For the nationwide Women’s Life Choices and Attitudes Survey (WiLCAS) 2014, we interviewed thousands of adult women and girls in Bangladesh’s three largest industrial districts: Dhaka/Ashulia, Gazipur and Narayanganj. The majority of the country’s female garments workers are concentrated there. Twenty-nine locations with the highest concentration of RMG factories were surveyed. For the purpose of comparison, we also carried out interviews in 58 other urban areas where there are no RMG factories.

A household census in the survey areas identified 3,367 women and girls who reported being employed in the garments sector. One hundred of them were between 10 and 13 years old, and 381 were aged between 14 and 17. They accounted for three percent and 11 %, respectively, of the work force. Of the 861 girls aged under 18 who reported being in work in urban areas, 28 % were employed by RMG factories.

Girls are more likely to be enrolled in school (84 %) than boys (79 %) in non-RMG urban areas – a pattern that prevails in most parts of Bangladesh today, but the opposite is true in RMG areas. In RMG areas of the Dhaka agglomeration, girls in the age-groups 10 to 17 are less likely (61 %) than boys (66 %) to go to school. In general, many more girls in RMG areas (24 %) are employed compared with those who live in urban areas that do not belong to the industrial belt (3 %).

The numbers show that – contrary to many international media reports – Bangladeshi ready-made garments factories are still using child labour to a large extent and in a systematic way. The increase in minimum wage will surely raise the demand for child workers. Bangladesh’s RMG industry is expected to increase four-fold in size over the next 20 years. This growth will attract millions of females including underage girls.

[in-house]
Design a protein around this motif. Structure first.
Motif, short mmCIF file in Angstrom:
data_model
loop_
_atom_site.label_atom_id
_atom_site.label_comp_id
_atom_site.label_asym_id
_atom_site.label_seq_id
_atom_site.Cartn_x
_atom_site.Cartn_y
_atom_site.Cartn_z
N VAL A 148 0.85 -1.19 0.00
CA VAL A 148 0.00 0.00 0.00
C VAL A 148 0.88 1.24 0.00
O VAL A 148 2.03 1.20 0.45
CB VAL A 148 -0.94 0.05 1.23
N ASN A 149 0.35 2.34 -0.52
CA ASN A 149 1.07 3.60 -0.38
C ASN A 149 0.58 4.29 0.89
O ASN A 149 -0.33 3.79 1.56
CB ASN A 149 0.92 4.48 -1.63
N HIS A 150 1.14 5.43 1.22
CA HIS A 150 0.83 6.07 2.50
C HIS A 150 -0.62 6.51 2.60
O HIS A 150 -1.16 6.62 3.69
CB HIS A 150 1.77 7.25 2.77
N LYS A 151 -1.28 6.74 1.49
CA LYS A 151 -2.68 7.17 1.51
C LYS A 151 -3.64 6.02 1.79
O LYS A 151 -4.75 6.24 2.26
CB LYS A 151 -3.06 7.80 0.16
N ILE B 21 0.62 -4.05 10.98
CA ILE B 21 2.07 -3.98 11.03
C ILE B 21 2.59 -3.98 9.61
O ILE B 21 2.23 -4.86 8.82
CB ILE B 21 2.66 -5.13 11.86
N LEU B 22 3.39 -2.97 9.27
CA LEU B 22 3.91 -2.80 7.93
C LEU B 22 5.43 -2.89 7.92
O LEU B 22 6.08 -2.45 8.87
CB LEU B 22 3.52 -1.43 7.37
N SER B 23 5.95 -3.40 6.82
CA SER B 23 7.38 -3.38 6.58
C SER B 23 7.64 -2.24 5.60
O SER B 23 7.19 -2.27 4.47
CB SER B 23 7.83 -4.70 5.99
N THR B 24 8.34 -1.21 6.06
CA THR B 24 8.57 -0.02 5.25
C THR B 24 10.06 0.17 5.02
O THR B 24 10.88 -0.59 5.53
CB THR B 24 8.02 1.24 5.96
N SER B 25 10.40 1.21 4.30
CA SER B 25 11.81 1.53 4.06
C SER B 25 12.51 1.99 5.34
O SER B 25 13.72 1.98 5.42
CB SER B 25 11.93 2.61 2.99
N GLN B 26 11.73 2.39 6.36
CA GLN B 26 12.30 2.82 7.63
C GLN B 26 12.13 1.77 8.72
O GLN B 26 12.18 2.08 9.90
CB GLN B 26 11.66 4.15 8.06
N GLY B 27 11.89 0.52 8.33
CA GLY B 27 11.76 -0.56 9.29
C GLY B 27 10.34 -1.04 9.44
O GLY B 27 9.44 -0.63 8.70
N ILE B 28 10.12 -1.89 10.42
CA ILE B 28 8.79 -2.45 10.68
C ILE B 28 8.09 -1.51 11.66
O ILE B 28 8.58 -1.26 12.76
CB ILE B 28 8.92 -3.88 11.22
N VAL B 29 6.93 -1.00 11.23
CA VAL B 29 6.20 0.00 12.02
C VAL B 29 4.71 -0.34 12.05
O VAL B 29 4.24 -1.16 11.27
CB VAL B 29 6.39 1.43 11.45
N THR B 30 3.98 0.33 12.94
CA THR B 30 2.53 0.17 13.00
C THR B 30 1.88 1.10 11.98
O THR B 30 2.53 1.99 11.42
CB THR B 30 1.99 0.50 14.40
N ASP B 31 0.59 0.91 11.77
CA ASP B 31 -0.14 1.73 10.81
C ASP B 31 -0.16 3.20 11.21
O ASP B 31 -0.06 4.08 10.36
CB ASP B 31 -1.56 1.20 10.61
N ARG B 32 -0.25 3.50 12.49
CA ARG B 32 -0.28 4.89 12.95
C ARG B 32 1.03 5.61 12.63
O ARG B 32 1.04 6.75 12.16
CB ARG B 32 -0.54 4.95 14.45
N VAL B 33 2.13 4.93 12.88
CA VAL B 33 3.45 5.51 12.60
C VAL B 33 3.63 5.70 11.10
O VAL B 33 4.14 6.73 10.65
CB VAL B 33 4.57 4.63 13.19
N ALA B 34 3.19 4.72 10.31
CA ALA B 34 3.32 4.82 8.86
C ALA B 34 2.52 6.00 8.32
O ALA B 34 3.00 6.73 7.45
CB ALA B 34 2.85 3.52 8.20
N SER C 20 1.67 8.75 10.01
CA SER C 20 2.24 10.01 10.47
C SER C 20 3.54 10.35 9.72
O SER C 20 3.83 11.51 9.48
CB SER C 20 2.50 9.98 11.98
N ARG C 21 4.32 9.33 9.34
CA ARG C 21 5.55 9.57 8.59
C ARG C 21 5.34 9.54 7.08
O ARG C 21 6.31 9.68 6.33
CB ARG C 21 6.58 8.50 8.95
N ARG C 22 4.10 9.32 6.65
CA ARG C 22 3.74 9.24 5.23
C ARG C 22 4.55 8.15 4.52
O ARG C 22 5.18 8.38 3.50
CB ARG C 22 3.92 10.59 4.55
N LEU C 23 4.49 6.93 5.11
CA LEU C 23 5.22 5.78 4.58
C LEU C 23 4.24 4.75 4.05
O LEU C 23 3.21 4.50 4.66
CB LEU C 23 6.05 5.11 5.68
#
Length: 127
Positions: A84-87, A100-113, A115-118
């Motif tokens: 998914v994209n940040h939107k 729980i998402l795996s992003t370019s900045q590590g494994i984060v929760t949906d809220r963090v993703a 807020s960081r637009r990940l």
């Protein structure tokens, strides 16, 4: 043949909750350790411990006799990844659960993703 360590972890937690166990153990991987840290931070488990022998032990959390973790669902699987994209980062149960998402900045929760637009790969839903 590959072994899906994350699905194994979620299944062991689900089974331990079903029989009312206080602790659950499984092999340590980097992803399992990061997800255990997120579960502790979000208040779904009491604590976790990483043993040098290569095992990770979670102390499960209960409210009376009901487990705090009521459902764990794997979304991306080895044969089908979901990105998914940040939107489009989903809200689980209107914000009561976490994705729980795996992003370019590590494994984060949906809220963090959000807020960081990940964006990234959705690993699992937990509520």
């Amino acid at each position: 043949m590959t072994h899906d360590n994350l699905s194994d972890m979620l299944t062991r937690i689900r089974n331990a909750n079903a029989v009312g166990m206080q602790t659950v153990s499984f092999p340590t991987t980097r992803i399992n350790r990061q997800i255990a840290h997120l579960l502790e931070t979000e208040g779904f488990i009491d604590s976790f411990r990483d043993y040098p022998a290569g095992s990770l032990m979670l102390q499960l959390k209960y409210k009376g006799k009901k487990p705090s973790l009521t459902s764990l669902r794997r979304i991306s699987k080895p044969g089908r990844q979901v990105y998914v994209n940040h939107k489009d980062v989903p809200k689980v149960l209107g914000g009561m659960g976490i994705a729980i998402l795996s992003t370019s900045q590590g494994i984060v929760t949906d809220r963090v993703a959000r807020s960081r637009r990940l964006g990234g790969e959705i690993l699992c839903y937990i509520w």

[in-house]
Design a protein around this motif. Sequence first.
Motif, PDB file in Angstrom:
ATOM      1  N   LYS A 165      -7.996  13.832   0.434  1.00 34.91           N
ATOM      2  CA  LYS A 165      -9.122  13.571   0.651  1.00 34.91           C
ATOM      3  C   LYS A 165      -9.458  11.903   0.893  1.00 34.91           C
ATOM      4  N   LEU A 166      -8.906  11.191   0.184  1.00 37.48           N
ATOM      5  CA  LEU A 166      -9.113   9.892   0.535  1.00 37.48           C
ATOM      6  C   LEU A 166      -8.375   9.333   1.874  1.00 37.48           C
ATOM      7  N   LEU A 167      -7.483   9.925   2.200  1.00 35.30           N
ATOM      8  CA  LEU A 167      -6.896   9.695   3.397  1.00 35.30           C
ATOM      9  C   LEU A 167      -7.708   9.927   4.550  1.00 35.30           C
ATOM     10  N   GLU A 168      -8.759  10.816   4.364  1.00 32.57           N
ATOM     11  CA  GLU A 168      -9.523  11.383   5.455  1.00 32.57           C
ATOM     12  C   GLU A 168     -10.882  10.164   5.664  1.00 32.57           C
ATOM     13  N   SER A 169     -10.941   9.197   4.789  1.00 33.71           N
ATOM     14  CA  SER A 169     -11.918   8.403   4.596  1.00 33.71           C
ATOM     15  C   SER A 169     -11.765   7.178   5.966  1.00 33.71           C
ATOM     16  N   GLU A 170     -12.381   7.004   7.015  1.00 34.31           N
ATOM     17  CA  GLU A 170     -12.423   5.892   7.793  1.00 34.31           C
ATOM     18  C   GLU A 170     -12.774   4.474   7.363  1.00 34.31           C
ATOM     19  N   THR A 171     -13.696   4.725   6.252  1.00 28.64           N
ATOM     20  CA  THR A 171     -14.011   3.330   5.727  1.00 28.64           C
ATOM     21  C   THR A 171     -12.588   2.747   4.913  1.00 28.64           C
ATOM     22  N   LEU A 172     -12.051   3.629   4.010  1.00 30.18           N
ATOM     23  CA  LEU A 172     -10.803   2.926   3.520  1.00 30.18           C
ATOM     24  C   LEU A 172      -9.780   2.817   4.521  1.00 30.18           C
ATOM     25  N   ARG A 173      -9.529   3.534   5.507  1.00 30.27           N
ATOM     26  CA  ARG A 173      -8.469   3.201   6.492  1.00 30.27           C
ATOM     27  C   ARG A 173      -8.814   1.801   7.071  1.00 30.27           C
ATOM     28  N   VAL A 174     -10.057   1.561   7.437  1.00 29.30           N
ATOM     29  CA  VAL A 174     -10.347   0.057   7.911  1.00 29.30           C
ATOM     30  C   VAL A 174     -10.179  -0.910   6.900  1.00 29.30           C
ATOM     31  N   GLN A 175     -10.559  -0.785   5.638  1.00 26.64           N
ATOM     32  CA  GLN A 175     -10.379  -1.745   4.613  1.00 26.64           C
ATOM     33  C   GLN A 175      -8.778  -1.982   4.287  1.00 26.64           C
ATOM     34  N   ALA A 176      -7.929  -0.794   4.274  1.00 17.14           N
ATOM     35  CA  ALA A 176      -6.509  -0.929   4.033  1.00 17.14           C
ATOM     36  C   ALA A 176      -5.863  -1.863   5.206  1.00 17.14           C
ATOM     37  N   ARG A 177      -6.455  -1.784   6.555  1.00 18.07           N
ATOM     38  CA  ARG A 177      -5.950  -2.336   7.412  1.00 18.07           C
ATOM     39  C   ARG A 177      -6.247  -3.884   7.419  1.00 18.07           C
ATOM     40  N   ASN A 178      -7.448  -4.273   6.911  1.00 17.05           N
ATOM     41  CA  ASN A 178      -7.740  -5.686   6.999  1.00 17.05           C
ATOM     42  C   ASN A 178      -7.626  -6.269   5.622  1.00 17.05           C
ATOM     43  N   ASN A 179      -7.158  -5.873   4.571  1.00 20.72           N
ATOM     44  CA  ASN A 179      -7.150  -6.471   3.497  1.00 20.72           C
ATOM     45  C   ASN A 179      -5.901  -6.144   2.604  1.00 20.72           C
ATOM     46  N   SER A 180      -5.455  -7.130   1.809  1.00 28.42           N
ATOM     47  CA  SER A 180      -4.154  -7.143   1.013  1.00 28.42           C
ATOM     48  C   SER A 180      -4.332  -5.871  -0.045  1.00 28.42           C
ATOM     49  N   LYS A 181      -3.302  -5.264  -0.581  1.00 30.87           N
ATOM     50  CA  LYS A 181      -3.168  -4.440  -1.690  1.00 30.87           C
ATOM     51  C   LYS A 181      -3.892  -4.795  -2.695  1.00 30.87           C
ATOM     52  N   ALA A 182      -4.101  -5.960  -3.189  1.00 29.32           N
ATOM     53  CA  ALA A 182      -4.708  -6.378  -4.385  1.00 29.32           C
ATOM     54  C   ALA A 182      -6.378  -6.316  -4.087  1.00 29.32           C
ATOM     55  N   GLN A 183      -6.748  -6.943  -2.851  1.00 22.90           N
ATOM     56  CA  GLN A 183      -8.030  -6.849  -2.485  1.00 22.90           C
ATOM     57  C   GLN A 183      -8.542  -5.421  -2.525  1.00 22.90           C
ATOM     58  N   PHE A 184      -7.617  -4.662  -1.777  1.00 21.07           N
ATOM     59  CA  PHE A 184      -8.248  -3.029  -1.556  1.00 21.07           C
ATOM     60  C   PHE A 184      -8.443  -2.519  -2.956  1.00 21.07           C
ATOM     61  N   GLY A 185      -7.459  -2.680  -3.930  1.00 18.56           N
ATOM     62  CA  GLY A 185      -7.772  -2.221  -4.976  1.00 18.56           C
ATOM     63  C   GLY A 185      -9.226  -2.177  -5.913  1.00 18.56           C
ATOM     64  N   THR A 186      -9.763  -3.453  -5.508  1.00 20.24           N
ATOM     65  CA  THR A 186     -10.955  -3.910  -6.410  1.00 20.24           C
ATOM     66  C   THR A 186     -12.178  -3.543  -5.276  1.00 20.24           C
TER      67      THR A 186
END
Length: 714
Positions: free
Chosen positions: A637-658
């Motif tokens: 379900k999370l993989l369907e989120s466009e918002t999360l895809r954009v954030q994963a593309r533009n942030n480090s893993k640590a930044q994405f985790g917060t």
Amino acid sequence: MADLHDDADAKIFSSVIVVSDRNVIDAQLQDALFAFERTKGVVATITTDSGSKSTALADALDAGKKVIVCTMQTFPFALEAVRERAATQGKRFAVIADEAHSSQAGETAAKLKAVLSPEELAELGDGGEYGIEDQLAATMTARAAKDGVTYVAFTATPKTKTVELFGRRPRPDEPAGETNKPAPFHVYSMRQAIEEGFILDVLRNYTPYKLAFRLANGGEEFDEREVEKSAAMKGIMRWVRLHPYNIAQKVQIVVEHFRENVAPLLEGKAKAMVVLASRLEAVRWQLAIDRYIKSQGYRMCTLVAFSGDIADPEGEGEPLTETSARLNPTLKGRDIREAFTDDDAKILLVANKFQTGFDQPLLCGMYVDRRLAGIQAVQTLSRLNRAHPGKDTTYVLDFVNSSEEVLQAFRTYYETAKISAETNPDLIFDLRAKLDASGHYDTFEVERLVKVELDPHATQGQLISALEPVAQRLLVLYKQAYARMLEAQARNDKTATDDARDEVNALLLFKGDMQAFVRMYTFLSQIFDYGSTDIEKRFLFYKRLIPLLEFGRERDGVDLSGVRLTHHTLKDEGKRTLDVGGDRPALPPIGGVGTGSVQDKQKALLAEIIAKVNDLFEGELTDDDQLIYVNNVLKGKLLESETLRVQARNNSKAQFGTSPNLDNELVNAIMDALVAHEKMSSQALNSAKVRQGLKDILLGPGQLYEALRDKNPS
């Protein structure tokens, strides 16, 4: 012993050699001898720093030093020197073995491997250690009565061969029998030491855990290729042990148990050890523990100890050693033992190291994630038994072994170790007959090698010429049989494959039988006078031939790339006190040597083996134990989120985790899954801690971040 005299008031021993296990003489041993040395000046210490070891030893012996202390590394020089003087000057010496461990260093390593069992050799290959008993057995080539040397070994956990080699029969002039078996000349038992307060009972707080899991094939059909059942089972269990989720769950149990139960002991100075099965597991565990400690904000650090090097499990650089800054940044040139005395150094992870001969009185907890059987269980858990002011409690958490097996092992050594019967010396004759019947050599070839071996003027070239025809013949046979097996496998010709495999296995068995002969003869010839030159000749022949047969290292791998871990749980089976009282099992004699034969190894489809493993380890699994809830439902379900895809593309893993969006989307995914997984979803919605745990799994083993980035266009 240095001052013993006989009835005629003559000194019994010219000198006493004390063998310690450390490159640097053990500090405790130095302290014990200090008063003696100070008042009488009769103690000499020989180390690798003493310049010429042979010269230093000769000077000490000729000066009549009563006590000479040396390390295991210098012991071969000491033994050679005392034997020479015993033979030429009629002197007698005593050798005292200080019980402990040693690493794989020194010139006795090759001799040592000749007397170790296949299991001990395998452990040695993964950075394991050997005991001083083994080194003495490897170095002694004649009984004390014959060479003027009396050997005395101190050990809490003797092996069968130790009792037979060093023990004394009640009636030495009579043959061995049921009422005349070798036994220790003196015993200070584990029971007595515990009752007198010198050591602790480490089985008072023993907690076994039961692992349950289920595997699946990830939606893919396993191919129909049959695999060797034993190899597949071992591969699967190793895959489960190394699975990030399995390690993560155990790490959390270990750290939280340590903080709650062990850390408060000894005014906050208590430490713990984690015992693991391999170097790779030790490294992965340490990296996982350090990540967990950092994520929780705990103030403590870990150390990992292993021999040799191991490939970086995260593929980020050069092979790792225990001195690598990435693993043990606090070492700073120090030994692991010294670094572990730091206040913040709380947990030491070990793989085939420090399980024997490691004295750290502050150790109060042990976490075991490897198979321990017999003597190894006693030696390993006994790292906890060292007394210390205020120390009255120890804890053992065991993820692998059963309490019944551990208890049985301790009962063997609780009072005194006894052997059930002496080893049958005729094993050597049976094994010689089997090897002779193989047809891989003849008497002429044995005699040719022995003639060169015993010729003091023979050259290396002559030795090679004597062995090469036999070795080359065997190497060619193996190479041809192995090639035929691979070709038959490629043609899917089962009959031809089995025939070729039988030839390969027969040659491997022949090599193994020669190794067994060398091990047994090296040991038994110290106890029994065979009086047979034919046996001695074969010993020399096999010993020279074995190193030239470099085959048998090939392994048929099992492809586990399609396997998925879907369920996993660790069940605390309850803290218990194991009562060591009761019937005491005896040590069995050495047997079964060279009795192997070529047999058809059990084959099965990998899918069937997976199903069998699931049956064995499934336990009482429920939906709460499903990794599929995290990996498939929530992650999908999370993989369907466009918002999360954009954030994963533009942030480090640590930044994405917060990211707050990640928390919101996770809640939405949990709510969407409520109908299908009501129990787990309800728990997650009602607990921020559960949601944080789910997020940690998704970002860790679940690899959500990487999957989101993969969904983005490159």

Problem of the poor

In regard to long-term development, the numbers are worrying. Children should be in school rather than working long hours. Poor families are hit hardest: Most minors and adolescent girls are pushed into gainful employment because of household poverty. Relatively better-off families in the RMG belt rarely send their daughters to work in factories.

The growing demand for female labour means that a new form of gender inequality is emerging in the country’s industrial areas. Boys are kept in school whilst girls are sent to work. If the current trend continues, higher industrial wages will only widen the gender education gap in Ashulia, Narayanganj and Gazipur, leaving girls trapped in low wages and low schooling.

However, large-scale employment of underage girls is not necessarily abusive and socially harmful. Although recent initiatives such as the abolition of school fees and provision of cash stipends have lowered the cost of schooling for girls, many of them would drop out of secondary school even without the opportunity of engaging in paid work. And the majority would be forced to marry early. In fact, gainful employment provides greater protection against early marriage than school edu­cation.

Thus, Bangladesh faces a difficult policy dilemma. On the one hand, the rise in minimum wage makes adolescent girls vulnerable to factory employment at a very early age, depriving them of education and eventually of access to better-paid jobs outside RMG factories. On the other hand, strict enforcement of the child labour law can push many girls into early marriage, an equally undesirable outcome. The country’s struggle exemplary shows that developing countries can’t fully exploit the benefits of low-wage industrialisation without parallel improvements in social development, rural poverty reduction and children’s rights.


Niaz Asadullah is Professor of Development Economics and Deputy Director of the Centre for Poverty and Development Studies (CPDS) at the University of Malaya.
[email protected]

Zaki Wahhaj is Senior Lecturer in Economics at the University of Kent.

Link:
Women’s Life Choices and Attitudes Survey (WiLCAS) 2014:
http://www.integgra.org/index.php/research-design